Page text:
Do you have questions about skittles? We've got answers!
In this article, we'll explore:
- Are all the flavors of skittles vegan?
- Why the sugar and palm oil in skittles is controversial.
- Should vegans still be eating skittles despite any controversey?
Are Skittles Vegan?
Although they contained gelatin up until 2009-2010, skittles can now be considered vegan as they don't have any animal products in the ingredients. This includes all of the flavors listed on the Wrigley's website (1). However, there is some controversy about skittles which we will cover in detail below.
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What Are the Ingredients in Skittles?
According to the Wrigley website (checked June 2017) the Original Skittles have the following ingredient statement:
Sugar, Corn Syrup, Hydrogenated Palm Kernel Oil, less than 2% of: Citric Acid, Tapioca Dextrin, Modified Corn Starch, Natural and Artificial Flavor, Colors (Red 40 Lake, Titanium Dioxide, Red 40, Yellow 5 Lake, Yellow 5, Yellow 6 Lake, Yellow 6, Blue 2 Lake, Blue 1, Blue 1 Lake), Sodium Citrate, Carnauba Wax.
There are also several other Skittles flavors, but the ingredient statements don't change all that much and there weren't any other controversial ingredients worth noting.
As you can see, there are no animal products, but several ones that are controversial within the vegan community. However, this does not mean that you should necessarily give up skittles without considering the entire picture. These controversial ingredients are:
- Palm Oil & Carnauba Wax (processed from palm)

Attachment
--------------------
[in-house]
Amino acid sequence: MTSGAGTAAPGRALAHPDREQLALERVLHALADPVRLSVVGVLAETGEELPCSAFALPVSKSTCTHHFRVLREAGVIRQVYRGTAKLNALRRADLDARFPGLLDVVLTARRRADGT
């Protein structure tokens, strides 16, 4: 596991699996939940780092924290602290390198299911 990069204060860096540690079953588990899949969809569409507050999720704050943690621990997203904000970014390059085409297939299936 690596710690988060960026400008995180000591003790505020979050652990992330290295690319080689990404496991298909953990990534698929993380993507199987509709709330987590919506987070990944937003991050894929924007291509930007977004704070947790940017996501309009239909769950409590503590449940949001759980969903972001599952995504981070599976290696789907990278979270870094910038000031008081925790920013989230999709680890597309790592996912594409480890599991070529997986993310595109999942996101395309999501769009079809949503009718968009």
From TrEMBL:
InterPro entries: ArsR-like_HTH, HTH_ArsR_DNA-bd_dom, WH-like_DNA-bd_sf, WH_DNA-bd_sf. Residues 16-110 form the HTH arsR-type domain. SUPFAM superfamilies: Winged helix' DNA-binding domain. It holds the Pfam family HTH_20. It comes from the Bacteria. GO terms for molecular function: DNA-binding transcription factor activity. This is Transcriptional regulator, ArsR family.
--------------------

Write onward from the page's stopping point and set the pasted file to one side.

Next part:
Why is the Sugar in Skittles Controversial?
The sugar in any candy is controversial because some cane sugar in the supply chain is processed with bone char as a whitening agent. Whether or not this is the case with skittles is unclear. Many big candy manufacturer's wouldn't even know themselves as they have a variety of sugar suppliers that they source from. Our position is that vegans should be focusing on giving up all labeled animal products first and foremost and encouraging those around them to do the same.
Why is the Palm Oil in Skittles Controversial?
It's not so much palm oil in itself that is controversial, but rather the practices of the palm oil industries. The ethics surrounding palm oil are not all that clear cut, but in a nutshell, clearing land for palm oil plantations is causing lots of deforestation and destroying the homes of orangutans. But what is the driving cause of deforestation?
According to the Union of Concerned Scientists the absolute biggest driver of deforestation is clearing forests for beef cattle pastures and soy being used for animal feed. If humanity was able to give up its addiction to animal products and abolish the animal agriculture industry, there would be a lot more room on the planet to produce palm oil in an ethical fashion instead of fighting over a shrinking amount of land resources.
At the end of the day, your most important task as a vegan is to give up all labeled animal products. Taking on extra tasks such as the sourcing of single otherwise vegan products such as palm oil or sugar can actually be counterproductive to the vegan movement for the following reasons:
- Getting the majority of the planet to give up animal agriculture on its own is a daunting task in itself and more complexity will give people more excuses.
- Palm oil and sugar aren't directly responsible for the suffering and death of animals. The implications of these ingredients can therefore be rectified with improved practices rather than boycott.
Should Vegans Still Eat Skittles?
At the end of the day, it's up to the individual person on how far they want to take veganism. All ingredients (including whole plant foods) cause some sort of suffering, but the goal of veganism is to reduce the amount of animal suffering and death as possible.
We think that eliminating your consumption of labeled animal products (meat, eggs, dairy, fish, etc.) is going to have the most drastic impact on the animals and the planet. Ingredients like palm oil and sugar (although important) should be considered secondary, so don't worry about it if it makes veganism too hard to follow.